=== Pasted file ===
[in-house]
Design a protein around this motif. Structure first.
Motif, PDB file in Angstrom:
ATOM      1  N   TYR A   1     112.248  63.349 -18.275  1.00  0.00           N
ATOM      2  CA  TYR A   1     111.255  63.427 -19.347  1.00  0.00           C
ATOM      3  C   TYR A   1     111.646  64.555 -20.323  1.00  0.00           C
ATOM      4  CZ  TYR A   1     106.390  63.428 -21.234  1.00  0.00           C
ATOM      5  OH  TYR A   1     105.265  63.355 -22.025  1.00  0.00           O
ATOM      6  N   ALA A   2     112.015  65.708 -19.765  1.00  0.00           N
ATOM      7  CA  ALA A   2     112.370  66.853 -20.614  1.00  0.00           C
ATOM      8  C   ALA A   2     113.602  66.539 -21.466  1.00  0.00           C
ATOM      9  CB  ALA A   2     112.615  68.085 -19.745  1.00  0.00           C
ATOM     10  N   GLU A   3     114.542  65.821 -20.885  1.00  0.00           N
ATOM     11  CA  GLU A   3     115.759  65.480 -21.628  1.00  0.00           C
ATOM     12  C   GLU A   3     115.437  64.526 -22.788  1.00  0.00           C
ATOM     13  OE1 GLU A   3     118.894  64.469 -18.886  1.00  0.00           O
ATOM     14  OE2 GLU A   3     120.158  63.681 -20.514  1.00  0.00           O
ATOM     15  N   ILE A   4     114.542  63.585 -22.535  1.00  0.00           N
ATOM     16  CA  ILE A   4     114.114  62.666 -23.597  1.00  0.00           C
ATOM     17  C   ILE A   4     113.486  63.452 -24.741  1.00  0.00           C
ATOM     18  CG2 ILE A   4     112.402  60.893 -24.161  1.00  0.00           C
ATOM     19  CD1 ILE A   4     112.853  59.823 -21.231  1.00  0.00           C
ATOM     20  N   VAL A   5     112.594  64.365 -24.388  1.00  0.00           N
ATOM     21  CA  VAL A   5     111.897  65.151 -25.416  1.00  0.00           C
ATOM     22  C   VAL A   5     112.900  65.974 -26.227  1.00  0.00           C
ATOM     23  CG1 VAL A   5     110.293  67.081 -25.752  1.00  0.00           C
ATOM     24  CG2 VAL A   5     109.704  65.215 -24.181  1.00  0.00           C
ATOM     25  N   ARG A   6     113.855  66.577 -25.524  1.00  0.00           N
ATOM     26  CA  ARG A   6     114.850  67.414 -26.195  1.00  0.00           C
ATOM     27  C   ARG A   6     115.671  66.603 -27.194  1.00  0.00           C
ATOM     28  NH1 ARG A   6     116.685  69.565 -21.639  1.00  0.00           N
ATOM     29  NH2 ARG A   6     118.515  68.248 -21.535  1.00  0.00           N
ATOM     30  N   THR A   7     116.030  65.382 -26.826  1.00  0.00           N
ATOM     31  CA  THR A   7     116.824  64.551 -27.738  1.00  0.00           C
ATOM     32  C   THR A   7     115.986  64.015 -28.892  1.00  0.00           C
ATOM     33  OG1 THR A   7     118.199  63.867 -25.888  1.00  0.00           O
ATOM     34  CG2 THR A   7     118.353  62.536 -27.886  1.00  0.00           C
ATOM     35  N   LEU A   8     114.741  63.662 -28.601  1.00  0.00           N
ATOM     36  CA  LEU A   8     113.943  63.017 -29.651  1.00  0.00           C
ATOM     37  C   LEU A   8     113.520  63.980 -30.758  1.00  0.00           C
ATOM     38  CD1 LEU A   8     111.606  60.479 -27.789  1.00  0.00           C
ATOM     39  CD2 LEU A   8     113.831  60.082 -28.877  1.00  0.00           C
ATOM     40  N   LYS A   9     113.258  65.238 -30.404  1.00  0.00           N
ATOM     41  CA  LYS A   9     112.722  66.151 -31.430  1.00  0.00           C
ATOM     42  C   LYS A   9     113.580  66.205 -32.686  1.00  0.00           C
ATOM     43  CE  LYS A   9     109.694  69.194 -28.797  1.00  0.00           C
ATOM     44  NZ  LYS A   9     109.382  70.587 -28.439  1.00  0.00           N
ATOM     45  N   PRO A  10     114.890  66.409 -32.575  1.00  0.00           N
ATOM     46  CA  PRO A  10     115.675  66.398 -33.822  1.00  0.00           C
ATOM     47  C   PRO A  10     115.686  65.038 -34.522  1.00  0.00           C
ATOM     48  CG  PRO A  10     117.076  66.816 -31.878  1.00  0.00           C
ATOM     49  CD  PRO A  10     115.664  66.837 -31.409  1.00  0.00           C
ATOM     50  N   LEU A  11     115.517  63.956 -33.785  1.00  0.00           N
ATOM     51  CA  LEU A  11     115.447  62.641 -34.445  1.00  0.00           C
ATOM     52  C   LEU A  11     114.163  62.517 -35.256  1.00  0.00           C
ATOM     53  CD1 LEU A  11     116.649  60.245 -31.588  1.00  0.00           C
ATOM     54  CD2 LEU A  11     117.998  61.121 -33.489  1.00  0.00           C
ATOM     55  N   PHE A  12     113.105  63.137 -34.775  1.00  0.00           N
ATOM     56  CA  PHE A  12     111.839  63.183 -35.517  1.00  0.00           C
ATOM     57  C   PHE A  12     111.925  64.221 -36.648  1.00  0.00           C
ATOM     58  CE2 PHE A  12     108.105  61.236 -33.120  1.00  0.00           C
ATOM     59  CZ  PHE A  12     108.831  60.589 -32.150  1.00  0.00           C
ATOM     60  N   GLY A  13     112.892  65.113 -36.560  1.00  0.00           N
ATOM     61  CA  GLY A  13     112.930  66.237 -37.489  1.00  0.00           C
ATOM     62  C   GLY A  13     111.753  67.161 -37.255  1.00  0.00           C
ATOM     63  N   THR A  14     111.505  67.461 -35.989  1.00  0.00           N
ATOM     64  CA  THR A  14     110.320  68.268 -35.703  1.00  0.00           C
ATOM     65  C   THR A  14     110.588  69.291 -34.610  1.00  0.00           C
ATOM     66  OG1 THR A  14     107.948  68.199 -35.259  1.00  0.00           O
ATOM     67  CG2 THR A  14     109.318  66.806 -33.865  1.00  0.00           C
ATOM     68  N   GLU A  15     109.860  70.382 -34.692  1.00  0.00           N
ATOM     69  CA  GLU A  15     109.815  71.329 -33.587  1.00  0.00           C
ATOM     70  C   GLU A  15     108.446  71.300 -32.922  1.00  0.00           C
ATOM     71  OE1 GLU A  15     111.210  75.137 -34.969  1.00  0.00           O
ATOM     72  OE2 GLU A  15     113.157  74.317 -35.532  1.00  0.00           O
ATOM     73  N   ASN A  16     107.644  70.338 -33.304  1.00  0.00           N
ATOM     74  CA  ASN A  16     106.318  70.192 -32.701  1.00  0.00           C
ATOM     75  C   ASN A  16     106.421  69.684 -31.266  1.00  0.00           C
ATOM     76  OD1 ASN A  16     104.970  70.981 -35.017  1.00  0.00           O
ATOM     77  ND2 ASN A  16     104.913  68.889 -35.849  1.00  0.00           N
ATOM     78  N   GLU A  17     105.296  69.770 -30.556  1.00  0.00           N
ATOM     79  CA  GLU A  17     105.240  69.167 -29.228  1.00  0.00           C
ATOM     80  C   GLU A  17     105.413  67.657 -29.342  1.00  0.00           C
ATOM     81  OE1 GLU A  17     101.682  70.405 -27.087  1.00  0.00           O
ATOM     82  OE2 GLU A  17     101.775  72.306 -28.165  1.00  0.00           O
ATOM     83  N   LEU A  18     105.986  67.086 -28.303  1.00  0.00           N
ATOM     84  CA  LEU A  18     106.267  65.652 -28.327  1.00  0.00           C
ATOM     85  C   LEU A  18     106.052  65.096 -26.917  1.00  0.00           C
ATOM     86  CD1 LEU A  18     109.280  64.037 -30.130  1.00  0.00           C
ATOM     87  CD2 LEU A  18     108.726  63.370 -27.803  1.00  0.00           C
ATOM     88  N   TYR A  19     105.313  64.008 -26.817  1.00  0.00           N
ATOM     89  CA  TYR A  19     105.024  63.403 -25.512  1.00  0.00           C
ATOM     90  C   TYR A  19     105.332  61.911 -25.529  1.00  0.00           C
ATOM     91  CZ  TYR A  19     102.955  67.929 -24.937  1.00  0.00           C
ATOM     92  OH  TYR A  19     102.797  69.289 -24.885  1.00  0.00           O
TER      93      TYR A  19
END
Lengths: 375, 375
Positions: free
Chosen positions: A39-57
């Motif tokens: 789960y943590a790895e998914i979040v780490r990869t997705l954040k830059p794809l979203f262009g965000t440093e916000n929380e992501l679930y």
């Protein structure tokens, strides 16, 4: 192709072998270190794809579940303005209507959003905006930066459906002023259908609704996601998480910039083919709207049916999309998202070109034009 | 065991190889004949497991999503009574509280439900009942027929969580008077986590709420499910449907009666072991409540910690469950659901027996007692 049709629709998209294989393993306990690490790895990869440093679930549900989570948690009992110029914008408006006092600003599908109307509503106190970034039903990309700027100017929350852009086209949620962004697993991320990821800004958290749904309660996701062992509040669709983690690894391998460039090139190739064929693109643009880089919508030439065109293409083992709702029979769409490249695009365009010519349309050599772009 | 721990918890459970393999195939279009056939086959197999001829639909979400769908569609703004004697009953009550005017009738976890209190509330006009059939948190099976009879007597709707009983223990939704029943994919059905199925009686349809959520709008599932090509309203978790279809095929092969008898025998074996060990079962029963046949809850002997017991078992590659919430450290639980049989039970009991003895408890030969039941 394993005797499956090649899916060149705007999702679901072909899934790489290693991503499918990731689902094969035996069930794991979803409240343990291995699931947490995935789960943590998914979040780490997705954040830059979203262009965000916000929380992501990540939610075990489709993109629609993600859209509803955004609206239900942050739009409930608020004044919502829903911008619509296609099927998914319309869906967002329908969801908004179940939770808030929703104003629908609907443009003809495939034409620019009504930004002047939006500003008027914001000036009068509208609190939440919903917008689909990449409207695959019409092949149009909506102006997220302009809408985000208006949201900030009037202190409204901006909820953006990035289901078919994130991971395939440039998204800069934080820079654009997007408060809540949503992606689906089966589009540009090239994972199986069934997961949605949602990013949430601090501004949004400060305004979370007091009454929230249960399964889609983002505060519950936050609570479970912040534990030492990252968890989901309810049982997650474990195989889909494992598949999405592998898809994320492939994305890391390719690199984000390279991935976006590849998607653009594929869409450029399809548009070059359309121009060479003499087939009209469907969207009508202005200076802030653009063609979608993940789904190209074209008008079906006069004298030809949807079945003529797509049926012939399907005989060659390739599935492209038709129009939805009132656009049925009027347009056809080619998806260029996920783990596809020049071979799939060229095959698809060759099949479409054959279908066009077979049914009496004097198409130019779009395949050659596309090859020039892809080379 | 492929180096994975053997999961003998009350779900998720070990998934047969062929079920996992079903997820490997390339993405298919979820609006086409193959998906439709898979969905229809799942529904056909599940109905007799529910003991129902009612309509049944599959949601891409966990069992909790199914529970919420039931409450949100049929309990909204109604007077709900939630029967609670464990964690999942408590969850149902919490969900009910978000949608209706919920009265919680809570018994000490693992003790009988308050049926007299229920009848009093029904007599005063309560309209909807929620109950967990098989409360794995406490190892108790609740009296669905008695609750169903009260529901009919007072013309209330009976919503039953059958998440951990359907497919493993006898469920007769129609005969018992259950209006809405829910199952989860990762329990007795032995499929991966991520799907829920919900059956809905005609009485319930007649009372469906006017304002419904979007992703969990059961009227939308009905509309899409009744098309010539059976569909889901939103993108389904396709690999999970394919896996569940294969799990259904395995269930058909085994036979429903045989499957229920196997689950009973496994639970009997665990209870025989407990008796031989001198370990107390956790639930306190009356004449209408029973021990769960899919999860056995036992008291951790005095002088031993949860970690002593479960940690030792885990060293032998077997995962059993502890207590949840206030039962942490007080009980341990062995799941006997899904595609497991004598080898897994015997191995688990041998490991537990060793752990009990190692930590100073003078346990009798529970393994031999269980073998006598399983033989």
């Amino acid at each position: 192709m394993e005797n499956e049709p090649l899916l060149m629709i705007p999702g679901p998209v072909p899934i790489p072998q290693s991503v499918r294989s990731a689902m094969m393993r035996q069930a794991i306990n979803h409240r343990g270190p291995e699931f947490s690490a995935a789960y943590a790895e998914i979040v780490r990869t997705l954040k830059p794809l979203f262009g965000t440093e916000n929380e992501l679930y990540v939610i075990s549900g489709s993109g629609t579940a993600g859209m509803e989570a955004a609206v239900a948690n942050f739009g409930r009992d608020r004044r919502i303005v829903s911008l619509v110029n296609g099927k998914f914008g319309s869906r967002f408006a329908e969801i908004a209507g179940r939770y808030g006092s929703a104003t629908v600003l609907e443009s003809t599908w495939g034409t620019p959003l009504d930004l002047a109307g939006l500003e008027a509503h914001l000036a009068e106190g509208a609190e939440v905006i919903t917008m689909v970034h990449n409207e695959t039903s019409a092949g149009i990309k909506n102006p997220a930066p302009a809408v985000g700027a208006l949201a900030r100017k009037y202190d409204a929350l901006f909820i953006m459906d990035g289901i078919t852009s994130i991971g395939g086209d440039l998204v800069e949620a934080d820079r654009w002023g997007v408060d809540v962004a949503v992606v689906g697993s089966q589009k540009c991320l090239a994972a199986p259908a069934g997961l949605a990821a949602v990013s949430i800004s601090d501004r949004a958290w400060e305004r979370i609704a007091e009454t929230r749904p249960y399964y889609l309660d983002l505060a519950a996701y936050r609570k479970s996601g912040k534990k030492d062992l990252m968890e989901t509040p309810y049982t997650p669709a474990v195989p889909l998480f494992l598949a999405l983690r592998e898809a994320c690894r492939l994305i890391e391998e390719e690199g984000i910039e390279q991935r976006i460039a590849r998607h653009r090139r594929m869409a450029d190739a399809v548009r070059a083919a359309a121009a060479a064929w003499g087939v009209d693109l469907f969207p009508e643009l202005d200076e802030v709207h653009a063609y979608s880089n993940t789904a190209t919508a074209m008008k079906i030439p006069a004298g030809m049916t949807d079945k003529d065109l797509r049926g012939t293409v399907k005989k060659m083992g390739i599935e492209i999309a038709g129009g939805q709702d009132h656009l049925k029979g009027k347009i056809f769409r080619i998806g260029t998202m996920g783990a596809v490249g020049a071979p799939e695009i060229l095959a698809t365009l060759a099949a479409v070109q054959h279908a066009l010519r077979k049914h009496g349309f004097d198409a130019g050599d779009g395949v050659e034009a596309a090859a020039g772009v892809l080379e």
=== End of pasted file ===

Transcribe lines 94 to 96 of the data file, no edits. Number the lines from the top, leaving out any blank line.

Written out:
ATOM     91  CZ  TYR A  19     102.955  67.929 -24.937  1.00  0.00           C
ATOM     92  OH  TYR A  19     102.797  69.289 -24.885  1.00  0.00           O
TER      93      TYR A  19